As you begin the long holiday weekend, I want to remind you of some of the basics for insuring that the food you serve remains safe to eat. After all, this is the time of year to enjoy friends and family and good food is a part of the overall experience. No one wants to have digestive distress any time of the year and especially now, so keep these points in mind as you serve up the holiday feast.
And note: I speak from experience after ending up in the hospital after eating unsafe food one New Year’s Eve about ten years ago. So follow along as I share some tips for keeping holiday leftovers safe.
Everybody loves those leftovers
The most important thing that you can do to insure that your leftovers are bacteria free is to refrigerate them promptly. Food-borne bacteria can grow within two hours of being placed on the table so why take a chance? Remove uneaten food from the table and please, store it in the refrigerator as soon as you can.
If you want to share, package up some of those refrigerated leftovers immediately before your guests leave. Don’t package the food and let the packets sit on the counter for hours before they go on their way.
How long are your refrigerated leftovers safe to eat. Three or four days is a good rule of thumb.
Tips for reheating leftovers
When reheating leftovers, make sure they reach a temperature of at least 165° F. This is especially true for stuffing’s that have started life inside a turkey. Sauces and gravies should be reheated by bringing them to a rolling boil.
Afraid that your reheated food will get dry and tasteless? Something I do is add a small bit of water to the pan then cover my leftovers with a lid or foil. This does two things. It adds a bit of moisture to replace what was lost during refrigeration or freezing and also, it creates a small bit of steam that helps insure that the food gets heated all the way through.
It is safest to thaw frozen leftovers in the refrigerator before cooking but if time is short you can still cook your food from the frozen state. Just be sure to insert a thermometer (such as this inexpensive instant thermometer) to make sure the center is cooked to at least 165° F – no icy half cooked insides wanted.
And of course if your leftovers do not pass the sniff test or if they look funny (what is that fuzzy stuff growing on my green beans?), throw them out.
The Final Word
For a lot of us oldsters, these tips are second nature. Still, in the spirit of being hospitable, it is easy to lounge around the holiday table chatting it up and forgetting that the leftover food needs to be refrigerated within an hour or two.
Boring as it may be, take heed of these tips and you will have gone a long way towards avoiding getting sick during this festive time of year.
Enjoy your next adventure through common sense and thoughtful preparation!
Bargain Bin: As the year winds down, I thought it would be fun to share again the top sellers for 2011. I am not quite sure what the top sellers for 2012 will be (although I suspect the number one item will be the Streamlight 73001 Nano Light Miniature Keychain LED Flashlight).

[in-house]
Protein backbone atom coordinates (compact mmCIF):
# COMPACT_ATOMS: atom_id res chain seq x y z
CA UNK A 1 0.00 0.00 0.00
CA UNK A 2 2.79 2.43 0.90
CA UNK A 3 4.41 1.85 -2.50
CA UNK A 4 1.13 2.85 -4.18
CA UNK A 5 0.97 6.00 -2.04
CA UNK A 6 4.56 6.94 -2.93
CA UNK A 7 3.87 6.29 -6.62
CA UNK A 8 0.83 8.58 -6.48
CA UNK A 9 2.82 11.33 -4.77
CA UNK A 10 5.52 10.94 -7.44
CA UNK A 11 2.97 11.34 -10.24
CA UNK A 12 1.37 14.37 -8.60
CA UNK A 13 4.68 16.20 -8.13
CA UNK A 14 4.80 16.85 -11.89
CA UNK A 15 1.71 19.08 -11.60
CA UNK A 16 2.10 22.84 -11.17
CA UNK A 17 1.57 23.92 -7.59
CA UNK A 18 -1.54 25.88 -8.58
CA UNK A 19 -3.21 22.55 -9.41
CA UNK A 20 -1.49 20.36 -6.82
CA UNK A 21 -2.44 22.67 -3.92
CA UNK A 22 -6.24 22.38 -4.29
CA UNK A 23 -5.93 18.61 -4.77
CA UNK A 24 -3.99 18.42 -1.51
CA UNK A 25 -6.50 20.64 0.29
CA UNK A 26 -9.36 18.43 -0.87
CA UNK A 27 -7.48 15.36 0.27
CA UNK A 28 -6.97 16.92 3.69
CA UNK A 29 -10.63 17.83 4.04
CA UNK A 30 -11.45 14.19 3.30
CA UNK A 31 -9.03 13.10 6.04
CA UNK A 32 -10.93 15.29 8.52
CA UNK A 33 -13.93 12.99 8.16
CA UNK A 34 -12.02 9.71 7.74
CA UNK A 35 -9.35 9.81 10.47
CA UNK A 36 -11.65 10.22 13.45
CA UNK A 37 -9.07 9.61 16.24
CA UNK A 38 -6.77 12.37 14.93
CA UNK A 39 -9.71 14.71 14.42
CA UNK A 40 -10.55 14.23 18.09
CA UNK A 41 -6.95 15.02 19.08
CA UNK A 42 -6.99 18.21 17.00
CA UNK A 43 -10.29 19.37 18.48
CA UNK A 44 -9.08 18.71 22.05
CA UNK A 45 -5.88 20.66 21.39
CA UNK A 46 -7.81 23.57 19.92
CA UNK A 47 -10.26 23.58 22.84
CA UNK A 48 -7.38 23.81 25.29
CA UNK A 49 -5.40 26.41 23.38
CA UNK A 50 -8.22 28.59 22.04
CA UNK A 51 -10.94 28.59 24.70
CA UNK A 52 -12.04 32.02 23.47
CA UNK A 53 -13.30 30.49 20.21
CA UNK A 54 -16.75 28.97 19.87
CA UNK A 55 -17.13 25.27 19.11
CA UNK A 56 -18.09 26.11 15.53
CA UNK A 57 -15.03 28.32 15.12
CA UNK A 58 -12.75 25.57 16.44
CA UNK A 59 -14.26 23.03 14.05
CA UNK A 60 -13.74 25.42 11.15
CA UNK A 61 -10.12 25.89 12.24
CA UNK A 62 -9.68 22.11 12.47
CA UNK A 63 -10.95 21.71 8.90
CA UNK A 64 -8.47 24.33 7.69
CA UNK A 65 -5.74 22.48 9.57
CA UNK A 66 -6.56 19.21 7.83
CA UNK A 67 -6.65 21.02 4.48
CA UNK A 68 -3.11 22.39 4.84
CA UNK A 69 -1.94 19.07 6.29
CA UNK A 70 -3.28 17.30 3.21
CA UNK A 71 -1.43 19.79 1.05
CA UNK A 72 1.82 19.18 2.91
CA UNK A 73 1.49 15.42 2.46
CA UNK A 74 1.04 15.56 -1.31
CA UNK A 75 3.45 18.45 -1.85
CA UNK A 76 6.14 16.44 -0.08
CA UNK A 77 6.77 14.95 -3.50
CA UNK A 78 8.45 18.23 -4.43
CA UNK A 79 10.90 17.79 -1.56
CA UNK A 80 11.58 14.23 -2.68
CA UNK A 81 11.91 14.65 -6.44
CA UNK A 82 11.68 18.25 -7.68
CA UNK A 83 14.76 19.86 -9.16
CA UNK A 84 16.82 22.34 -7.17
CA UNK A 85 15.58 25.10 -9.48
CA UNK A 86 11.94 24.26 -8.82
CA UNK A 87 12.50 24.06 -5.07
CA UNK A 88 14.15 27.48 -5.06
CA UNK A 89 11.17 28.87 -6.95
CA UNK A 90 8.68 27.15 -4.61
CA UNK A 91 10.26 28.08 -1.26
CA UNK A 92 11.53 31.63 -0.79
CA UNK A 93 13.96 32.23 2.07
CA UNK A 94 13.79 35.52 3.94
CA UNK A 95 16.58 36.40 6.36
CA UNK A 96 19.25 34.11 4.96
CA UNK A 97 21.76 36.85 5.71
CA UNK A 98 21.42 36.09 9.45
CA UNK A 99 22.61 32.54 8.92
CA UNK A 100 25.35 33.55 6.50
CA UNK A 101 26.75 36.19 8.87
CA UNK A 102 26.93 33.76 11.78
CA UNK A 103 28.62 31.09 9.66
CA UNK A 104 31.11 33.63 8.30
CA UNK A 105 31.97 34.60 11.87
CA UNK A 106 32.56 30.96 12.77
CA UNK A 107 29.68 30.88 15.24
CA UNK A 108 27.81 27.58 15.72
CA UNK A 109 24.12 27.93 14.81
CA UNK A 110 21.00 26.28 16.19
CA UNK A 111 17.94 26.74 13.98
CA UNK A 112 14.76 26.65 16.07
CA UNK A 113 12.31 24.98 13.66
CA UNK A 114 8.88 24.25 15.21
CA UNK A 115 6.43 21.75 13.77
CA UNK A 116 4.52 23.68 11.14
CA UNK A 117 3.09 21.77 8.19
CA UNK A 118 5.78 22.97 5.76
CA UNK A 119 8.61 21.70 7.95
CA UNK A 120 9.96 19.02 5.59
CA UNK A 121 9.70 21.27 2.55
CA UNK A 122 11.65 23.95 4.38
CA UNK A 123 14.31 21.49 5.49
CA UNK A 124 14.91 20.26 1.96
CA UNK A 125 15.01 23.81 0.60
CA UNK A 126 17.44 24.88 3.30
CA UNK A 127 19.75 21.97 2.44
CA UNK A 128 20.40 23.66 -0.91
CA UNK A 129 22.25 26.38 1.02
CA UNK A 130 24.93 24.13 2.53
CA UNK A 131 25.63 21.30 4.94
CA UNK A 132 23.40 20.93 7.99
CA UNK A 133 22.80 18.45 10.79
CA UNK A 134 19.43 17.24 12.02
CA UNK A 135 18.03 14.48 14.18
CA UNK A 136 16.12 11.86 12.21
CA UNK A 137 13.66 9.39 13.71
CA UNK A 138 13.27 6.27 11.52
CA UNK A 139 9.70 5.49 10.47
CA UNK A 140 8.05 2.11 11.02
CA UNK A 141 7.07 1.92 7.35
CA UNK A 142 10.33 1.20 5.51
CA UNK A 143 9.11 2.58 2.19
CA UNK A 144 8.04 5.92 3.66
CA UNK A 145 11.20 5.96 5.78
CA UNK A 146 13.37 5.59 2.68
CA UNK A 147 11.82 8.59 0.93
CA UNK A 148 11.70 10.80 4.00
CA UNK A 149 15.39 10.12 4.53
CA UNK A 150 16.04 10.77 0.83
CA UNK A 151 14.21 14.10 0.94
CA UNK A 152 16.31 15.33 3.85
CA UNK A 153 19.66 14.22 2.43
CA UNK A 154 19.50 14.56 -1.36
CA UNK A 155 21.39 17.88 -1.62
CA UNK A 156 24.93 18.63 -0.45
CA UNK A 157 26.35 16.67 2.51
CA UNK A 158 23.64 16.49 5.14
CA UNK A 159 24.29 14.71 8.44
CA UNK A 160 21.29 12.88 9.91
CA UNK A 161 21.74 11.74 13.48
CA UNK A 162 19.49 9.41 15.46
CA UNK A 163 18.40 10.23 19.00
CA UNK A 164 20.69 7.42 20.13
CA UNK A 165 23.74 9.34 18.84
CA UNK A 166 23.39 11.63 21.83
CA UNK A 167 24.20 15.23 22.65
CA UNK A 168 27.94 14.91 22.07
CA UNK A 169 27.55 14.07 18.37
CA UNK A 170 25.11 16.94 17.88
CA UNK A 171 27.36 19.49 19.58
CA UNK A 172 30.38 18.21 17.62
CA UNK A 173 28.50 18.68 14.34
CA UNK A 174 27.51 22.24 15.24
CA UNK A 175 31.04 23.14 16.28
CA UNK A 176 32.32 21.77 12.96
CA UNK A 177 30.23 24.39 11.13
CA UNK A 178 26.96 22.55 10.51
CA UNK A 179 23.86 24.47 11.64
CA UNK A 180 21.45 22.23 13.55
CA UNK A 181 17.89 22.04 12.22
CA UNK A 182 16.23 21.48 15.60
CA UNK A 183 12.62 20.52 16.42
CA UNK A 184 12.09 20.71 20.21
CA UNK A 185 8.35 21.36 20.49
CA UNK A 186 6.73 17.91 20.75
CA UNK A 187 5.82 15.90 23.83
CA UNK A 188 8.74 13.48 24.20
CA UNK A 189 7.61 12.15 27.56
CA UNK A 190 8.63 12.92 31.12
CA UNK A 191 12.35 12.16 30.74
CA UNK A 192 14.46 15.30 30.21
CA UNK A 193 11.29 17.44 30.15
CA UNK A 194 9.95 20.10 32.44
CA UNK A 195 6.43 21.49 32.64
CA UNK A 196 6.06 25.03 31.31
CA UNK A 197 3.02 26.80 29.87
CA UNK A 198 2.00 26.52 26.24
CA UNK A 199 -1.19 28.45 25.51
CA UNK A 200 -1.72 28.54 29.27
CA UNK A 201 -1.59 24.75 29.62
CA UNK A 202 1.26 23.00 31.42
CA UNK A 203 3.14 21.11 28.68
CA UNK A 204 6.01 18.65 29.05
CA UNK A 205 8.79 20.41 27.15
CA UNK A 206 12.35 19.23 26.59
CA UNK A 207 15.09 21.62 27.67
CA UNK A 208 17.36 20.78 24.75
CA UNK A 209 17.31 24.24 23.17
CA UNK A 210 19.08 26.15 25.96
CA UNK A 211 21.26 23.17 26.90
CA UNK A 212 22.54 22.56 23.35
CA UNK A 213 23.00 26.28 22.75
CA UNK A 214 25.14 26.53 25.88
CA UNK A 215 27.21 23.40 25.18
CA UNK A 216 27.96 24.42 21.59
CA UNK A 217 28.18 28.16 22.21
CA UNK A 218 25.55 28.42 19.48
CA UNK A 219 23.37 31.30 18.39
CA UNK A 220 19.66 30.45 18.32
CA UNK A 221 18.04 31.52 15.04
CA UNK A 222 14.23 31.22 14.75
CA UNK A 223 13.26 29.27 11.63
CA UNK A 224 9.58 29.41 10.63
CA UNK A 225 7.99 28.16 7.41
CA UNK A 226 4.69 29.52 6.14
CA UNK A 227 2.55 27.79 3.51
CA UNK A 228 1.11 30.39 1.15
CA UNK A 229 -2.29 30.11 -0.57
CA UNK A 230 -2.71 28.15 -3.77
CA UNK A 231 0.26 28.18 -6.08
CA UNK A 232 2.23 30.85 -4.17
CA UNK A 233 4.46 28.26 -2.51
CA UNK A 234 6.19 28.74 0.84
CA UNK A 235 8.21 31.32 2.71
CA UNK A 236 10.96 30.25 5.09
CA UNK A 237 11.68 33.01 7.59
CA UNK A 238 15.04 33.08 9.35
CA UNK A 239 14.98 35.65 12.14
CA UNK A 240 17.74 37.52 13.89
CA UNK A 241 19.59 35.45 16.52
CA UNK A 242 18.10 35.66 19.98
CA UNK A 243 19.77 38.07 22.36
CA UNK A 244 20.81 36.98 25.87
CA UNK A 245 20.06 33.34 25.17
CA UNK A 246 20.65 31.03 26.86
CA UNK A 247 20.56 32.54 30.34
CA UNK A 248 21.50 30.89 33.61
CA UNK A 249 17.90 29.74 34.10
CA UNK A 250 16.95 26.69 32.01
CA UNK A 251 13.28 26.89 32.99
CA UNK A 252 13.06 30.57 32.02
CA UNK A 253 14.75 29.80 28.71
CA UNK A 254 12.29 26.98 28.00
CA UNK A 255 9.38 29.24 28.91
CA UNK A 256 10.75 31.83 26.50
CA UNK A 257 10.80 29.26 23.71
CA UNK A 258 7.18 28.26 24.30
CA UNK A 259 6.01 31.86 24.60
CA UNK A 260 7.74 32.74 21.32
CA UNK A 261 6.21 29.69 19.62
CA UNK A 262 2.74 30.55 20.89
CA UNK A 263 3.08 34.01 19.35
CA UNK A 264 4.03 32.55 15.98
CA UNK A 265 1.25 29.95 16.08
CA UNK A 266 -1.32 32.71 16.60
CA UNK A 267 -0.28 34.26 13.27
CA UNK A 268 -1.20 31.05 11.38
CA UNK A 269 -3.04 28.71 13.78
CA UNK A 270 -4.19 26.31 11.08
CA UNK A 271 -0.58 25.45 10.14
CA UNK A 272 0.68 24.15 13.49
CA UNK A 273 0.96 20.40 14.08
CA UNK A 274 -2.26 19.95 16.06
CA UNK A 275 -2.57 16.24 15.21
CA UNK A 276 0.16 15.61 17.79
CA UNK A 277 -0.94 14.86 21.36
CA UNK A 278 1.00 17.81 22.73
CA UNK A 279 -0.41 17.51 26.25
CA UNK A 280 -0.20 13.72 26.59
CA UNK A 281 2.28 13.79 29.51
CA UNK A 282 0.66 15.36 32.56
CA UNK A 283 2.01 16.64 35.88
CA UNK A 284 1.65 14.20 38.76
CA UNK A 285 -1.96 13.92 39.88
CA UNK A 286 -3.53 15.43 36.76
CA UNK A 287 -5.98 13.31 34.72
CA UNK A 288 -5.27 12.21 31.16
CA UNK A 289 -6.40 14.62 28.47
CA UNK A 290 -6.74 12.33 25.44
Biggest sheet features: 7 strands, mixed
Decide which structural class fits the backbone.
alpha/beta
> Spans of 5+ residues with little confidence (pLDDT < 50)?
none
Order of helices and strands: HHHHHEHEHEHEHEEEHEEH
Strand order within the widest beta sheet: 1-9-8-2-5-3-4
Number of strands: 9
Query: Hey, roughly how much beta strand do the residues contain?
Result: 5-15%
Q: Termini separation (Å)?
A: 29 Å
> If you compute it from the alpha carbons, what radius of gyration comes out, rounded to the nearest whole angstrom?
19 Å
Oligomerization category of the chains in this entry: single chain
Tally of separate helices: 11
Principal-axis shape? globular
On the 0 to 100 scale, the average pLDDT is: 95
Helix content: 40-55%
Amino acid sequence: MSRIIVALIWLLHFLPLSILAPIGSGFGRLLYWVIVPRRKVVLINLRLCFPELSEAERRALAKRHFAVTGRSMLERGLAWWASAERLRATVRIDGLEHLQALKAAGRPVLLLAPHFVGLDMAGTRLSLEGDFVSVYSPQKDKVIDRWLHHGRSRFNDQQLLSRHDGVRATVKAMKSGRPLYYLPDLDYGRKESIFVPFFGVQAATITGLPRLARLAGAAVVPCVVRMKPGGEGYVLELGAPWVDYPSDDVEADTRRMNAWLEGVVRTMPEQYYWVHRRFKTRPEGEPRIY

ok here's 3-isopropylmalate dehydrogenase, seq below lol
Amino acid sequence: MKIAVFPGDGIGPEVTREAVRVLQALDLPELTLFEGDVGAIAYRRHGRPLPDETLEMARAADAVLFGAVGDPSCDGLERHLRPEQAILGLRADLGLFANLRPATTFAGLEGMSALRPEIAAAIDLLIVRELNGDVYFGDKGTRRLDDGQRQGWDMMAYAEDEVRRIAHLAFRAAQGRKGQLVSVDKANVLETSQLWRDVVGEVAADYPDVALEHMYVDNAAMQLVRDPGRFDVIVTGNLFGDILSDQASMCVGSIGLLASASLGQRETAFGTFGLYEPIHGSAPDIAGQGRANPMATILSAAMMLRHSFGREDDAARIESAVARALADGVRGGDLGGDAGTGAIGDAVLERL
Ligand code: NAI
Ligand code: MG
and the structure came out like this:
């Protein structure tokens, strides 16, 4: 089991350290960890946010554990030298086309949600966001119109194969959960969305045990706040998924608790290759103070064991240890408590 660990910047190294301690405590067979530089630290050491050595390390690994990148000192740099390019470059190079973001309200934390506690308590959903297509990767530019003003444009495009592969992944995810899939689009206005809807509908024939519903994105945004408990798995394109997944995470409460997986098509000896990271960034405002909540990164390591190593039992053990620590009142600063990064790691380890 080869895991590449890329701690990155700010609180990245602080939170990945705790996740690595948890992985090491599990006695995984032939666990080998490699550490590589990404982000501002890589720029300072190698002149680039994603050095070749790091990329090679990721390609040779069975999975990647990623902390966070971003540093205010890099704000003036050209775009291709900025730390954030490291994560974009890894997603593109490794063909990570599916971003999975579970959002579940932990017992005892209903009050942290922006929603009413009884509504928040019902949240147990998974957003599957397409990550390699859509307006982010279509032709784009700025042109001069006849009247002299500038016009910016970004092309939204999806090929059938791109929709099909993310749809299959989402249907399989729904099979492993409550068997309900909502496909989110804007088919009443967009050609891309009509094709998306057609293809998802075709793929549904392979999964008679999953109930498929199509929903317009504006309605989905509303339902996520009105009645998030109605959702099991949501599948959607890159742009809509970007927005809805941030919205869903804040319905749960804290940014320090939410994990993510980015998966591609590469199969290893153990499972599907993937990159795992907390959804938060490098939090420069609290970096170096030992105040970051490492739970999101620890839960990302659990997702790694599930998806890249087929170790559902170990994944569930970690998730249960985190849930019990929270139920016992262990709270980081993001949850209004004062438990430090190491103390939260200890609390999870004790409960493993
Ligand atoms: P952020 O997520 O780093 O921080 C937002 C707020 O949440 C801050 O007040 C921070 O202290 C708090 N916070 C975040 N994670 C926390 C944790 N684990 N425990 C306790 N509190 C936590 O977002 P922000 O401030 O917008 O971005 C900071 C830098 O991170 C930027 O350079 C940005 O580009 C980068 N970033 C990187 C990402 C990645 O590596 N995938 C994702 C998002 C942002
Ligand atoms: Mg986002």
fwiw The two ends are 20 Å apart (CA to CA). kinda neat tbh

Lodge Logic 12-Inch Pre-Seasoned Skillet: Cast iron items were at the top of the list. My readers love cast iron and so do I. Also at the top were Lodge Set of 2 Pan Scrapers and the Lodge Max Temp Handle Mitt.
All New Square Foot Gardening: I put in a Square Foot Garden a couple of years back and was pleased with the results. It is not too early to start planning for spring planting.
Artisan Bread in Five Minutes a Day: The Discovery That Revolutionizes Home Baking: At an average cost of 50 cents a loaf, this bread is easy, delicious and inexpensive to make.
How to Live on Wheat: Everything you need to know about wheat.
Emergency Mylar Thermal Blankets (Pack of 10): For less than $8, this pack of 10 is a great deal. Free shipping too.
Fiskars 7855 8-Inch Hatchet: The Fiskars products are easily sharpened and will last a lifetime. For less than $25, what is not to like? Oh, and while you are at it, you might also like the Fiskars Axe & Knife Sharpener for an additional $10.
Kaito Voyager KA500 Solar/Crank Emergency AM/FM/SW NOAA Weather Radio: A lot of different hand crank radios were sold but this was by far, the most popular.
MAGLITE XL50-S3016 LED Flashlight: I own a number of these. Small, sturdy, and easy to handle.
Sabre Compact Pepper Spray with Quick Release Key Ring: The portability of this pepper spray adds to its appeal since it can be easily carried on a key ring or in a handbag or backpack.
The Dukan Diet: 2 Steps to Lose the Weight, 2 Steps to Keep It Off Forever: Survival Husband lost over 10 pounds in two weeks on this diet.
The Prepper’s Pocket Guide: 101 Easy Things You Can Do to Ready Your Home for a Disaster: Written by Bernie Carr at the Apartment Prepper blog, this is highly readable guide to all things preparedness.
50 – 1 Gallon (10″x14″) Mylar Bags & 50 – 300cc Oxygen Absorbers: A staple for long term food storage.
Rothco 550lb. Type III Nylon Paracord: As far as I am concerned, paracord ranks up there with duct tape and zip ties. I wish I had know about this stuff years ago.
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Need something from Amazon (and who doesn’t)? I earn a small commission from purchases made when you begin your Amazon shopping experience here. You still get great Amazon service and the price is the same, no matter what.
And just in time for the holidays, Amazon has a cool new promotion that can help you find great gifts for the holidays. It is called Shop Amazon – Most Wished For Items. This is great because when you go to the page it gives you a quick category overview, if you are looking for fashion, electronics, toys, etc., you can go right there first. This is a great tool to find gifts, but it’s also a great way to find products that people are ‘wishing” for and this way you know what the top products are.
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